Personalised governance

By | News & Politics
Prime Minister David Cameron is aiming to increase levels of devolution within the United Kingdom. Credit@Number10

Last week the Queen’s Speech outlined the Conservative government’s priorities, including a push for increased devolution in areas of the United Kingdom. Devolution plans for Wales over energy, transport and elections were covered. The plans outlined build on David Cameron’s previous announcement, which promised increased autonomy for Wales dubbed ‘Powers for a Purpose’. The plans presented in the Queen’s Speech follow, with the promise of extra devolved powers for Scotland and a movement towards regional devolution that may provide major UK cities and regions increased powers.

The Conservative government aims to provide areas of the United Kingdom with greater control of their own affairs. According to The Implications of Devolution for England – which was presented to Parliament – the Conservative Party reportedly believe that, within England, decentralisation of power may increase social responsibility and civil involvement. Although, this devolution is to extend beyond the countries within the union to regions such as Manchester. Following the election, George Osborne announced that many English cities may receive powers over housing, transport, planning and policing. This plan has been referred to as the Cities Devolution Bill which may provide elected mayors for combined authorities. An example of this is Greater Manchester, which aims to gain powers when it elects a mayor in two years. The mayor is to be in charge of the Greater Manchester Combined Authority, in which councils currently control £5bn and may gain control to an additional £2bn in local spending.

The effect of the Scottish referendum on the devolution debate might be apparent due to the awareness raised regarding decentralisation of power in the United Kingdom. The Conservative-Liberal Democrat coalition government attempted to protect the union by offering Scotland increased devolved powers if it remained within the UK. The referendum raised the possibility of ‘English votes for English Laws’, which means that of Members of Parliament representing English constituencies may vote on laws just with respect to England.

The aims of devolution might be considered to revolve around attempting to provide enough decentralisation so that areas such as Scotland may remain within the UK. Also, the government is looking to increase the powers of regions and cities that feel they require greater autonomy over their own affairs. Greater powers for local and regional authorities may increase awareness and participation at this level of government. Interestingly, the devolution of some powers might trial dynamic ideas such as Scotland’s allowance of 16 year olds to vote and the availability for Wales to choose a different electoral system in its elections for seats on the Welsh assembly. Perhaps some of these ideas may be incorporated within UK-wide policy – with there already reportedly being calls for 16 year olds to be allowed to vote in the referendum on European Union membership.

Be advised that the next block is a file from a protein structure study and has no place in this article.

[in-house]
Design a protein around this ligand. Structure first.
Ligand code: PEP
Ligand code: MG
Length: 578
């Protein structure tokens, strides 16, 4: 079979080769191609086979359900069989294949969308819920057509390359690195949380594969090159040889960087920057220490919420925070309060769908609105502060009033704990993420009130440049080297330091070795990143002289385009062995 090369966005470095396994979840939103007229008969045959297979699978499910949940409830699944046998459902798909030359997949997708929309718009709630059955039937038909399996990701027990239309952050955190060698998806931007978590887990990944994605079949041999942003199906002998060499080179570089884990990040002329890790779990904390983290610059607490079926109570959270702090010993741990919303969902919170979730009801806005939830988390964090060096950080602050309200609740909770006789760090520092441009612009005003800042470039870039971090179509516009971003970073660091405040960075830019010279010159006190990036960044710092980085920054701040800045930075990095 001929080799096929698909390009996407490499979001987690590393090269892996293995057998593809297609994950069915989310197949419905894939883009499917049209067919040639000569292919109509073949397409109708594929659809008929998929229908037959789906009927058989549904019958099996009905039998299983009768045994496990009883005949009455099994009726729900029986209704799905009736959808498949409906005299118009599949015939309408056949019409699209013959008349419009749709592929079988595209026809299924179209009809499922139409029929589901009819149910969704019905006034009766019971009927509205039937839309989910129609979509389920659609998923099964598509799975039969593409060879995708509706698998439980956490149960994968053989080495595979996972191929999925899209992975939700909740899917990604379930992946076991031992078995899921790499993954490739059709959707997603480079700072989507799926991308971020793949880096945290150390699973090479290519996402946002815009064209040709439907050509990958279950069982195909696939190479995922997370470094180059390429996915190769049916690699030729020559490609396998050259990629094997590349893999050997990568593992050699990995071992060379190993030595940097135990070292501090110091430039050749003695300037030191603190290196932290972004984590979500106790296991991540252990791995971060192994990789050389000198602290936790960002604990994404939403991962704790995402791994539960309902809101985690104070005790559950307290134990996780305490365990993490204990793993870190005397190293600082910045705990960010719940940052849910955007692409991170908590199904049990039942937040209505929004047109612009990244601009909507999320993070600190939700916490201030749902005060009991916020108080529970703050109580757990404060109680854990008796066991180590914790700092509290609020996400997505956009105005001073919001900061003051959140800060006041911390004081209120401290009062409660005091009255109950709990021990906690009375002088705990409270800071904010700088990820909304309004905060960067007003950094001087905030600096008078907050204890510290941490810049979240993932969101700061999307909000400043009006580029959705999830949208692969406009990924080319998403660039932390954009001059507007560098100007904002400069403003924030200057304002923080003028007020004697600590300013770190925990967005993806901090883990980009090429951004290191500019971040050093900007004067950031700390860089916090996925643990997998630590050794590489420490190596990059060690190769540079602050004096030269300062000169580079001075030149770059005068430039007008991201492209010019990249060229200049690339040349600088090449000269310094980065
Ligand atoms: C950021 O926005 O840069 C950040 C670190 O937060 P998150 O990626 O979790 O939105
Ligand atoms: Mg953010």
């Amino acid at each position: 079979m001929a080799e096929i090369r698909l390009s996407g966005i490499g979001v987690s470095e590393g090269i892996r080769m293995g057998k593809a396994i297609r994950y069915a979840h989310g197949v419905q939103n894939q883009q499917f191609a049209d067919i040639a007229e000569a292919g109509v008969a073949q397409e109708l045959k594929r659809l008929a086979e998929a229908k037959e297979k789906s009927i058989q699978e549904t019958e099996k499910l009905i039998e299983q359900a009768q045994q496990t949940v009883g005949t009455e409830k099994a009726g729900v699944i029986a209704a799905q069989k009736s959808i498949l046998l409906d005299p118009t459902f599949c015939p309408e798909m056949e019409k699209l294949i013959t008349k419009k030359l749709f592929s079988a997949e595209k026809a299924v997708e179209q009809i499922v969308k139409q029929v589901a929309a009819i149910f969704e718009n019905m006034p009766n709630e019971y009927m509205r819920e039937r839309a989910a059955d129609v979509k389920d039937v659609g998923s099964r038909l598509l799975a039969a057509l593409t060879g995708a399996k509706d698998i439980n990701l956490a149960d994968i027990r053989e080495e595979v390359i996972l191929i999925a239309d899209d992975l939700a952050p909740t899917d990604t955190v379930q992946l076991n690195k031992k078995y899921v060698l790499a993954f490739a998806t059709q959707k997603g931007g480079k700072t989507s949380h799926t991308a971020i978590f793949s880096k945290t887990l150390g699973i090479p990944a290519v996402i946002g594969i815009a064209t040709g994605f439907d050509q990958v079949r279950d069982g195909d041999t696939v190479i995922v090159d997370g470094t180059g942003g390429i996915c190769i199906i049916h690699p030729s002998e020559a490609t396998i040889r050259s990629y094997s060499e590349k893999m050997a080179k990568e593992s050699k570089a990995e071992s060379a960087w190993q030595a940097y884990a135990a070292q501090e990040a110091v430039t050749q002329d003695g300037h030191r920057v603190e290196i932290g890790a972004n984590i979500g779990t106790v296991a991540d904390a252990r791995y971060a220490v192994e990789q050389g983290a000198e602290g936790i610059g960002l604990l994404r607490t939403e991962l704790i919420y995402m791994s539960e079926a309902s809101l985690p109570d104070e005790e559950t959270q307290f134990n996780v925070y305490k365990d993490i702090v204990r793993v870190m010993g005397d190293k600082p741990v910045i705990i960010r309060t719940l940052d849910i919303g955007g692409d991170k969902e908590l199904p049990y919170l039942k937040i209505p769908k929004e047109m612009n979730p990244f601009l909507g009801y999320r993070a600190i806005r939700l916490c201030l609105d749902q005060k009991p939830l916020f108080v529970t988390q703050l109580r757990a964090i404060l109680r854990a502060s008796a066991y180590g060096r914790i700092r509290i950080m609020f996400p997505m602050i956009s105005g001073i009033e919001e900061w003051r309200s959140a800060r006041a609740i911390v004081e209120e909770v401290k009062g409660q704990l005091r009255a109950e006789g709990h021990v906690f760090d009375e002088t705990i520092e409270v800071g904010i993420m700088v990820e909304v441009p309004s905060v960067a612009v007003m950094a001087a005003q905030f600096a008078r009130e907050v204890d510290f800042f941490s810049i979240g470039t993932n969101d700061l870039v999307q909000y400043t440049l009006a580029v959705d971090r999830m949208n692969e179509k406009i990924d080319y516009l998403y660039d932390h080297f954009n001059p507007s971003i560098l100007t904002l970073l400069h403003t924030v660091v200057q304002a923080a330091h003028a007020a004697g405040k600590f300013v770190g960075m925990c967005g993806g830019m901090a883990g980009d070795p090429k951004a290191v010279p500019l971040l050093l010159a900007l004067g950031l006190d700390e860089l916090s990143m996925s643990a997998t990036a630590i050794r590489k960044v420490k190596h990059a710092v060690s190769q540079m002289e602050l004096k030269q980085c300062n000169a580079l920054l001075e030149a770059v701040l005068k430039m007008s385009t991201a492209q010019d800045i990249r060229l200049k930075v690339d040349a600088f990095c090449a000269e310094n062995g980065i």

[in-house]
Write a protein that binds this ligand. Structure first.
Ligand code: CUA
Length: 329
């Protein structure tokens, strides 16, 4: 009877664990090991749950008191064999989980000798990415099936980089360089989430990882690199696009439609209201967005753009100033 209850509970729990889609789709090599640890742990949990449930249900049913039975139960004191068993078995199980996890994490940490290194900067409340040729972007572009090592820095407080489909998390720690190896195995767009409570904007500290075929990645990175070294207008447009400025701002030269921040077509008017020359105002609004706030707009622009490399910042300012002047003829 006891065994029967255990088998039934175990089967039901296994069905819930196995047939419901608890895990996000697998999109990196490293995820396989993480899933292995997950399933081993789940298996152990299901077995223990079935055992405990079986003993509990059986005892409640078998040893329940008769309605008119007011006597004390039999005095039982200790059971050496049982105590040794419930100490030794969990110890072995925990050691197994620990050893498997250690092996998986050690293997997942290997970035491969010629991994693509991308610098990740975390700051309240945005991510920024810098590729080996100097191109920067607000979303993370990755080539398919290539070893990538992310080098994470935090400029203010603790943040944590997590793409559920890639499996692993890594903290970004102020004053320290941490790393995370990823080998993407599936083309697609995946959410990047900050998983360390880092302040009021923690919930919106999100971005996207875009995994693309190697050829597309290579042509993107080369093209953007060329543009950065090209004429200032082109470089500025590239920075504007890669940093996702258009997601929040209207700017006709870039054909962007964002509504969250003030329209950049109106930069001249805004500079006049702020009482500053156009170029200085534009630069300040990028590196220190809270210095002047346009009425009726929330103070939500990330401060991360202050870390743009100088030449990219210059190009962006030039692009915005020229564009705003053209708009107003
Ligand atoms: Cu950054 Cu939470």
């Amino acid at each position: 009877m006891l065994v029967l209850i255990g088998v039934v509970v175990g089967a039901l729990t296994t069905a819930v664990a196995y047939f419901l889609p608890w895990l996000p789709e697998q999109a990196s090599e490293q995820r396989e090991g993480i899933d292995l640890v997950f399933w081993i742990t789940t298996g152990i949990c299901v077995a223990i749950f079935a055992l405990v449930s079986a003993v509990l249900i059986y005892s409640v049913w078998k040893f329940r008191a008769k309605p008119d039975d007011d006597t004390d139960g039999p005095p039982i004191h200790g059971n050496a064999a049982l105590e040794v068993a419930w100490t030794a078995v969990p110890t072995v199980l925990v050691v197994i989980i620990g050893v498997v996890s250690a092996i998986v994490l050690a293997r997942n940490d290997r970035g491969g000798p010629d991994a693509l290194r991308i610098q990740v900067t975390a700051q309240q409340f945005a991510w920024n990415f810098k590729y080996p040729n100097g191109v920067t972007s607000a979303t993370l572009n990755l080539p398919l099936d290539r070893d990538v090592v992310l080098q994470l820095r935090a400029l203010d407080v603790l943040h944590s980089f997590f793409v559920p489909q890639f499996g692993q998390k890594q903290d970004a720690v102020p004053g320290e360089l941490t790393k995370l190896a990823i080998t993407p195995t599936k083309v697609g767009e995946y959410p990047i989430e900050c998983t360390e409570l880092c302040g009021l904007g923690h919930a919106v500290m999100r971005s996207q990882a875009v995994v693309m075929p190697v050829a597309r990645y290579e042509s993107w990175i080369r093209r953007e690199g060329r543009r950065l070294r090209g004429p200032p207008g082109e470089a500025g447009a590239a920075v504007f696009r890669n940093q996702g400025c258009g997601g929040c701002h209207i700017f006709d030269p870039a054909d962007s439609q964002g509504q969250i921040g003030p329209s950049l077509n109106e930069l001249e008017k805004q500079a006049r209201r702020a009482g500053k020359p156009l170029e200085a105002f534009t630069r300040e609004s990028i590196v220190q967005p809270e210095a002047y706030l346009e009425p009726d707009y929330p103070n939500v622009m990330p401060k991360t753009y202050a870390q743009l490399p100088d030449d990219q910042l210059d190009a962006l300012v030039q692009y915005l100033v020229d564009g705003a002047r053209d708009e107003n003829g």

The coming parliament may see an important change in governance within the United Kingdom. Devolution may see government focusing on increasingly local or regional issues whilst allowing these authorities to fund policies and initiatives that speak to the needs of their area. The possibility of a movement towards a more federalist United Kingdom with fiscal autonomy for the four constituent states may still be feasible. Devolution may begin to create a personalised way of governance whilst providing areas freedom regarding funding.

The increasing calls for decentralisation appear to be resolved through the government’s coming policy announcements made in the Queen’s speech. A pivot towards decisions being made by the areas they affect most might lead to greater efficiency in the provision of services in areas such as transport and healthcare. Potential decentralisation may encourage increased investment in the areas where it may require funding. Decentralisation seems to be viewed by the government as a useful tool in appeasing those whom may be looking for independence or those that wish for a decentralised government.

How may devolution improve the system of government in the United Kingdom?


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